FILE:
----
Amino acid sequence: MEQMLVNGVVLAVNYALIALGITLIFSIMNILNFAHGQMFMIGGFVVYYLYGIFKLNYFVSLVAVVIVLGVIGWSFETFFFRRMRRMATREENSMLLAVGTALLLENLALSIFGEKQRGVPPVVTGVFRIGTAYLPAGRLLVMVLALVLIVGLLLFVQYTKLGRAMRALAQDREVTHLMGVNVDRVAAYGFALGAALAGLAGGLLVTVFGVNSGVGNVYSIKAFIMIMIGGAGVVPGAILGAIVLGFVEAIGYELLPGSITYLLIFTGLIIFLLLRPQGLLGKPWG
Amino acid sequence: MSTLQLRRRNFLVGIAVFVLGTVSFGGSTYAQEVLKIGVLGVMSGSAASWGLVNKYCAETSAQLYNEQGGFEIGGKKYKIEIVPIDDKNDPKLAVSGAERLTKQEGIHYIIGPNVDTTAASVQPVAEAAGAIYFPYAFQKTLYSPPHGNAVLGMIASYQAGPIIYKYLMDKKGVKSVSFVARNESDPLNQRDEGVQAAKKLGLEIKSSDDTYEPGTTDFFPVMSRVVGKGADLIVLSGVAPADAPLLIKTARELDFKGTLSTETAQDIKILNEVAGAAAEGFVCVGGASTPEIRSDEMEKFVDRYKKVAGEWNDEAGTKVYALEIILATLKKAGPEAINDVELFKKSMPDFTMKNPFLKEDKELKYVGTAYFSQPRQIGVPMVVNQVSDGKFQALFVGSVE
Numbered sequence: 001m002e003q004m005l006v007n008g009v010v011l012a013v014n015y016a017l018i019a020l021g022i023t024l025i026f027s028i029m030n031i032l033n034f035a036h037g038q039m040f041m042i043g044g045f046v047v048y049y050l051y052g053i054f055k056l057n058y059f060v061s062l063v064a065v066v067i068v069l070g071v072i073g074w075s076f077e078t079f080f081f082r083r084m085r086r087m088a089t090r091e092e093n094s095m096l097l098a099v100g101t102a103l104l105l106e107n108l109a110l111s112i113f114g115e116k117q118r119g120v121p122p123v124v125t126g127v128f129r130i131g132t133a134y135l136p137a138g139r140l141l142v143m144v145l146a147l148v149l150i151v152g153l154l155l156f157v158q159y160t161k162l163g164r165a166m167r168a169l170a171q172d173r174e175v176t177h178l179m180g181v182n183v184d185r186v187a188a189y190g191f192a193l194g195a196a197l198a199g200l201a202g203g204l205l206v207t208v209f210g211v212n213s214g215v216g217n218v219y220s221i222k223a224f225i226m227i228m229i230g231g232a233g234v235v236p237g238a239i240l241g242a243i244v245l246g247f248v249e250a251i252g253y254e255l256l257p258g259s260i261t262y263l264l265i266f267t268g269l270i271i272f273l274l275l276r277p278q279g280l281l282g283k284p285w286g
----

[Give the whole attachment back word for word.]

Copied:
Amino acid sequence: MEQMLVNGVVLAVNYALIALGITLIFSIMNILNFAHGQMFMIGGFVVYYLYGIFKLNYFVSLVAVVIVLGVIGWSFETFFFRRMRRMATREENSMLLAVGTALLLENLALSIFGEKQRGVPPVVTGVFRIGTAYLPAGRLLVMVLALVLIVGLLLFVQYTKLGRAMRALAQDREVTHLMGVNVDRVAAYGFALGAALAGLAGGLLVTVFGVNSGVGNVYSIKAFIMIMIGGAGVVPGAILGAIVLGFVEAIGYELLPGSITYLLIFTGLIIFLLLRPQGLLGKPWG
Amino acid sequence: MSTLQLRRRNFLVGIAVFVLGTVSFGGSTYAQEVLKIGVLGVMSGSAASWGLVNKYCAETSAQLYNEQGGFEIGGKKYKIEIVPIDDKNDPKLAVSGAERLTKQEGIHYIIGPNVDTTAASVQPVAEAAGAIYFPYAFQKTLYSPPHGNAVLGMIASYQAGPIIYKYLMDKKGVKSVSFVARNESDPLNQRDEGVQAAKKLGLEIKSSDDTYEPGTTDFFPVMSRVVGKGADLIVLSGVAPADAPLLIKTARELDFKGTLSTETAQDIKILNEVAGAAAEGFVCVGGASTPEIRSDEMEKFVDRYKKVAGEWNDEAGTKVYALEIILATLKKAGPEAINDVELFKKSMPDFTMKNPFLKEDKELKYVGTAYFSQPRQIGVPMVVNQVSDGKFQALFVGSVE
Numbered sequence: 001m002e003q004m005l006v007n008g009v010v011l012a013v014n015y016a017l018i019a020l021g022i023t024l025i026f027s028i029m030n031i032l033n034f035a036h037g038q039m040f041m042i043g044g045f046v047v048y049y050l051y052g053i054f055k056l057n058y059f060v061s062l063v064a065v066v067i068v069l070g071v072i073g074w075s076f077e078t079f080f081f082r083r084m085r086r087m088a089t090r091e092e093n094s095m096l097l098a099v100g101t102a103l104l105l106e107n108l109a110l111s112i113f114g115e116k117q118r119g120v121p122p123v124v125t126g127v128f129r130i131g132t133a134y135l136p137a138g139r140l141l142v143m144v145l146a147l148v149l150i151v152g153l154l155l156f157v158q159y160t161k162l163g164r165a166m167r168a169l170a171q172d173r174e175v176t177h178l179m180g181v182n183v184d185r186v187a188a189y190g191f192a193l194g195a196a197l198a199g200l201a202g203g204l205l206v207t208v209f210g211v212n213s214g215v216g217n218v219y220s221i222k223a224f225i226m227i228m229i230g231g232a233g234v235v236p237g238a239i240l241g242a243i244v245l246g247f248v249e250a251i252g253y254e255l256l257p258g259s260i261t262y263l264l265i266f267t268g269l270i271i272f273l274l275l276r277p278q279g280l281l282g283k284p285w286g